How do we know what the Church teaches? Certainly there is the Magisterium, the bishops, in communion with the pope, who are given the charism of authoritative teachers. They are responsible for defining the contours of the mystery of Jesus Christ (i.e., doctrine). Scripture, of course, is the inspired record of how God slowly revealed himself to Israel and then, in Jesus, completed this revelation to be shared with the whole world. One hears, too, of tradition, which we usually think of as theological texts but also includes the liturgy, art, customs, and lives of the saints.
What these various authorities share in common is that they are all witnesses to the way, the truth, and the life that is Jesus Christ, or the Deposit of Faith. There is another important witness to this Deposit that you might have heard of, but perhaps not really understood. This is the sense of the faithful (sensus fidelium). This is the supernatural instinct or intuition of the devout baptized (as Bishop William Ullathorne defined it). All the faithful, including bishops, are given by their baptism the charism of this ability to have a “feel” for the truth. This “instinct” does not require a PhD, or any formal education and in this sense is democratic. The Church is, however, hierarchical in nature and this also applies to the faithful. The saint, who has protected and nourished this instinct in a life of ordered love, is better able to discern the truth than one who has squandered this gift. This is why the Church has special recourse to the saints – both hidden and canonized. The view of those who have lived lives of heroic virtue and exemplary sanctity needs to be especially attended to. This is the foundation for what we now call the “Synodal Way.”
In some sense, we check the sense of the faithful in the same way that we check a watch. We are looking for the fact of what the faithful believe. The Church is not asking for the faithful to serve as additional bishops. This is not to denigrate the faithful. In fact, the hierarchy exists to serve the faithful! But it is a question of office. One of the offices of the faithful is to witness to Church teaching. It is the office of the bishop to define it.
But how do we check or, as St. John Henry Newman put it, consult the faithful? Can it be done by a poll? Probably not – just imagine what a poll of Catholics in some parts of the country would say about the integration of schools in the 1950s. In a way, the sense of the faithful is best obtained by considering the instinct for truth in all lands since the coming of Christ. Here we have Chesterton’s democracy of the dead that can break out of the parochialism of the “globalism” of the twenty-first century.
Not everyone, everywhere is able to articulate fully the Church’s teaching. It might be the case today, for instance, that the faithful in the modern West do not have an accurate intuition for the Church’s teaching on contraception, at least if we were to understand the sensus fidelium in the form of a poll. In the Arian crisis over the nature of Christ in the fourth century (is he really God or “consubstantial” with the Father?) many, if not most, Greek bishops took on some form of Arius’ teaching that the Son is less than the Father. It seems from both Catholic and the few Arian sources that survive that many of the everyday people were faithful to the Church’s teaching that the Son is indeed consubstantial with the Father. The leader of the Catholic position was vindicated, and the Pope of Rome played a decisive role in the formation of Catholic teaching.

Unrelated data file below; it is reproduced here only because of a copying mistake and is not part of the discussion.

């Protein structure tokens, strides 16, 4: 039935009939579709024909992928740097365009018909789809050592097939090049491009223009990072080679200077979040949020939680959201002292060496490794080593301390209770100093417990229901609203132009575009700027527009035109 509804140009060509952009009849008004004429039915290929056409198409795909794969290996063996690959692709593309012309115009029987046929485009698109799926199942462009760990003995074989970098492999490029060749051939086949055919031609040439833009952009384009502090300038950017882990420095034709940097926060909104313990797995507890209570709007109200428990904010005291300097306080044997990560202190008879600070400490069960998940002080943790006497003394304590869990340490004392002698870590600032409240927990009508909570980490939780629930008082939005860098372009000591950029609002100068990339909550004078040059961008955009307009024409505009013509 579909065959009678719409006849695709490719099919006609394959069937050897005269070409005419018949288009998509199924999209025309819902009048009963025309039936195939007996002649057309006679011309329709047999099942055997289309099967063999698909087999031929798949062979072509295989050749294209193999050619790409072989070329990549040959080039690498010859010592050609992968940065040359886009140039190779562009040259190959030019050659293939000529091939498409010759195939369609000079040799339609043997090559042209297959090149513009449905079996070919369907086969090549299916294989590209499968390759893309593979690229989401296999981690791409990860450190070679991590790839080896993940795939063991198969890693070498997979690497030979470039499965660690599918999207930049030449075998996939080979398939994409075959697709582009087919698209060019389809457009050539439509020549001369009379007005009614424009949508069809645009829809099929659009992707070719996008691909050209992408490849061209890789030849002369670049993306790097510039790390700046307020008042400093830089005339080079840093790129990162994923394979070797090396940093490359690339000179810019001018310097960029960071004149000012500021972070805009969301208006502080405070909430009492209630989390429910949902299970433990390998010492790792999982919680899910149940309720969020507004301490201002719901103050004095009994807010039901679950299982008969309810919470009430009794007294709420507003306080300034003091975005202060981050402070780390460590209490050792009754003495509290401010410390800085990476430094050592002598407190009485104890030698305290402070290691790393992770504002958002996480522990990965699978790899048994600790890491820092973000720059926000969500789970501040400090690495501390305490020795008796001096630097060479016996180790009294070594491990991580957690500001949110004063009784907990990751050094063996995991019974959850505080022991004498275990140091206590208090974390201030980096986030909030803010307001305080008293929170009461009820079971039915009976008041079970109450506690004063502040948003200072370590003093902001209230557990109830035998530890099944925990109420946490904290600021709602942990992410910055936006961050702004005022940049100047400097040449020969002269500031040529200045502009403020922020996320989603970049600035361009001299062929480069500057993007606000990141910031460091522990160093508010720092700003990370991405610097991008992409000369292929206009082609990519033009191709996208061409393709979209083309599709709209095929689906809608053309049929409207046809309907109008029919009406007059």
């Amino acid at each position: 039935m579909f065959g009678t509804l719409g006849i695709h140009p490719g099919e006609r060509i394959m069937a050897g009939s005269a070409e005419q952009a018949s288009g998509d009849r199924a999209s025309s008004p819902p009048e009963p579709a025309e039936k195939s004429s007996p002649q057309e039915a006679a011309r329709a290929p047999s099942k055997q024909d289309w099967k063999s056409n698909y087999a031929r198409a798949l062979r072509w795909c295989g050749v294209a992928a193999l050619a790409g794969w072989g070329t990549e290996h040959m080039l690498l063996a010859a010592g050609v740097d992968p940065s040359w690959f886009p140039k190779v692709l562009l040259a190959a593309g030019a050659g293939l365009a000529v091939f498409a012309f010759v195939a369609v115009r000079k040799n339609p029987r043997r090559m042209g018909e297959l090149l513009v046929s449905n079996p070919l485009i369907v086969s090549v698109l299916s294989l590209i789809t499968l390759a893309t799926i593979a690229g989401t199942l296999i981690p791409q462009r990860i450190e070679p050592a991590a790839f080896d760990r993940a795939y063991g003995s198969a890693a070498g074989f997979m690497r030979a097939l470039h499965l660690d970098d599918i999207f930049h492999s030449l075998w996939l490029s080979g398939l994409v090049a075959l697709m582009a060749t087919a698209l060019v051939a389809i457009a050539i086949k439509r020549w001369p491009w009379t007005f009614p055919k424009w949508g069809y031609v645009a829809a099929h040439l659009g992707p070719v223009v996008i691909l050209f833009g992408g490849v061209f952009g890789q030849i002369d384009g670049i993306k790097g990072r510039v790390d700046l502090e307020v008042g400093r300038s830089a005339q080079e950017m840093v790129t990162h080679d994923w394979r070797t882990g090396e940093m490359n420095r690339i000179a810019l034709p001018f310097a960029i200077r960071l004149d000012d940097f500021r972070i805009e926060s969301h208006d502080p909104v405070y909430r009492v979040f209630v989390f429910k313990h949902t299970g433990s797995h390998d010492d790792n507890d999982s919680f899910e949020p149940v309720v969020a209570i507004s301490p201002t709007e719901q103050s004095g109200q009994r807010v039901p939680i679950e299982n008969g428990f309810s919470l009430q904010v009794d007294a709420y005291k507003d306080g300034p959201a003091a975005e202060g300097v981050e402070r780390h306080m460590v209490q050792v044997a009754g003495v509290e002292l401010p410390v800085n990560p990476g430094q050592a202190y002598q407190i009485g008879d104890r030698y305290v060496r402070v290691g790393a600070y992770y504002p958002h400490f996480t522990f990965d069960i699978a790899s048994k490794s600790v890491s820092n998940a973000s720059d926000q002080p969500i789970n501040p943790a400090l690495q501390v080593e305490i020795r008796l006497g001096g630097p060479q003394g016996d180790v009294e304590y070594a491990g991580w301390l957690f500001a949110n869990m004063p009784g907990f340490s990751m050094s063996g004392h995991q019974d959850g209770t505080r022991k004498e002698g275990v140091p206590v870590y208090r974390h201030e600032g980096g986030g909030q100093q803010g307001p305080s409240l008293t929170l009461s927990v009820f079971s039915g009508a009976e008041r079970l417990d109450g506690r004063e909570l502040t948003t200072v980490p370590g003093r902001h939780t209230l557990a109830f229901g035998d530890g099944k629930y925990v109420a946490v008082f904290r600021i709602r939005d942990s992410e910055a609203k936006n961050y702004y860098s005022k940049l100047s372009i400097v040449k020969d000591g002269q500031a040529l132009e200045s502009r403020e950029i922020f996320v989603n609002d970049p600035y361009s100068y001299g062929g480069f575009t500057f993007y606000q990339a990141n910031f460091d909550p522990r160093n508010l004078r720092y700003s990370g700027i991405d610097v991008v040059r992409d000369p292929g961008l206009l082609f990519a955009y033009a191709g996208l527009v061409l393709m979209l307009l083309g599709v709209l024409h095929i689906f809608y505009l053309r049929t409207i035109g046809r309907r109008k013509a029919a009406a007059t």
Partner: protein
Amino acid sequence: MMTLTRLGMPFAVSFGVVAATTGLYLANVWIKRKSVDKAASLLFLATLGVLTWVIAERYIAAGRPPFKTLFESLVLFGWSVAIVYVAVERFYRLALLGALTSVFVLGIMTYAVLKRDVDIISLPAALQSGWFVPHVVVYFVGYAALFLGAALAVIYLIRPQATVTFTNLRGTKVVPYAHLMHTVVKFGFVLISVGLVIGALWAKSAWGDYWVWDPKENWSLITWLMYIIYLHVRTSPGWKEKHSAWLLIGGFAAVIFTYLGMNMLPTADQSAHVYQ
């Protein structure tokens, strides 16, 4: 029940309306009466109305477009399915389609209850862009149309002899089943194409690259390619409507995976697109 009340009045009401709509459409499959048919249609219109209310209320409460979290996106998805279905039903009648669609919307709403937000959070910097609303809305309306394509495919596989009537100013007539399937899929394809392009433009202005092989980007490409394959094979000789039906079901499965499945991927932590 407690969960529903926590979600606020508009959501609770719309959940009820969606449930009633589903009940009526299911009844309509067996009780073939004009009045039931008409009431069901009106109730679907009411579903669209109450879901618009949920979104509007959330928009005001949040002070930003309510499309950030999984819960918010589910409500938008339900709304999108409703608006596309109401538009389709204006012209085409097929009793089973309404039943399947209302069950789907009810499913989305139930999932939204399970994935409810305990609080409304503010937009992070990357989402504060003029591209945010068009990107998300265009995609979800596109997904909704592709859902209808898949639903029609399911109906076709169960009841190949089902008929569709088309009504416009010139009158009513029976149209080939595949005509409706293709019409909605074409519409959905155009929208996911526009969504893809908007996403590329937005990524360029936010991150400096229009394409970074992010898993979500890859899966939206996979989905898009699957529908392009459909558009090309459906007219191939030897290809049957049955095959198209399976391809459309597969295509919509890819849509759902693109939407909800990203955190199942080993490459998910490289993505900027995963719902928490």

We see the sense of the faithful at work again in the nineteenth century when the Church was considering whether to declare the Immaculate Conception a dogma. In addition to consulting scripture, the theological tradition, liturgies and the bishops, Pope Pius IX asked each bishop to give a report of the sense of the faithful in the local church. In 1854 the pope proclaimed the Immaculate Conception dogma because of the conspiratio, co-breathing, of the faithful and the bishops. Newman says that Pope Pius saw the bishops and the faithful “as one twofold testimony, illustrating each other, and never to be divided.”
The sense of the faithful has always been operative in the life of the Church. It is the instinct by which a parent answer’s a child’s question about the mass, or why we say the rosary, or sing a hymn to Mary, or what it is to be in love. All of us are called to foster this instinct for the truth in lives of love. It is how the Faith is transmitted in everyday life.
“The holy people of God…spreads abroad a living witness to [Christ], especially by a life of faith and love and by offering to God a sacrifice of praise, the fruit of lips confessing his name. The whole body of the faithful who have received an anointing which comes from the holy one cannot be mistaken in belief” (Lumen Gentium 12).
- St. John Henry Newman, “On Consulting the Faithful in Matters of Doctrine””
- St. John Henry Newman, The Arians of the Fourth Century
- The Documents of Vatican II, The Dogmatic Constitution on the Church (Lumen Gentium)
- Photius, Bibliotheca codex 40, Philostorgius (An Arian witness to the Catholic sensus fidelium)
More in Matters of Belief
The Rule of Faith
Christian faith puts us in relationship with the living God, and this relationship cannot be established simply by individual study and personal interpretation. What is the alternative?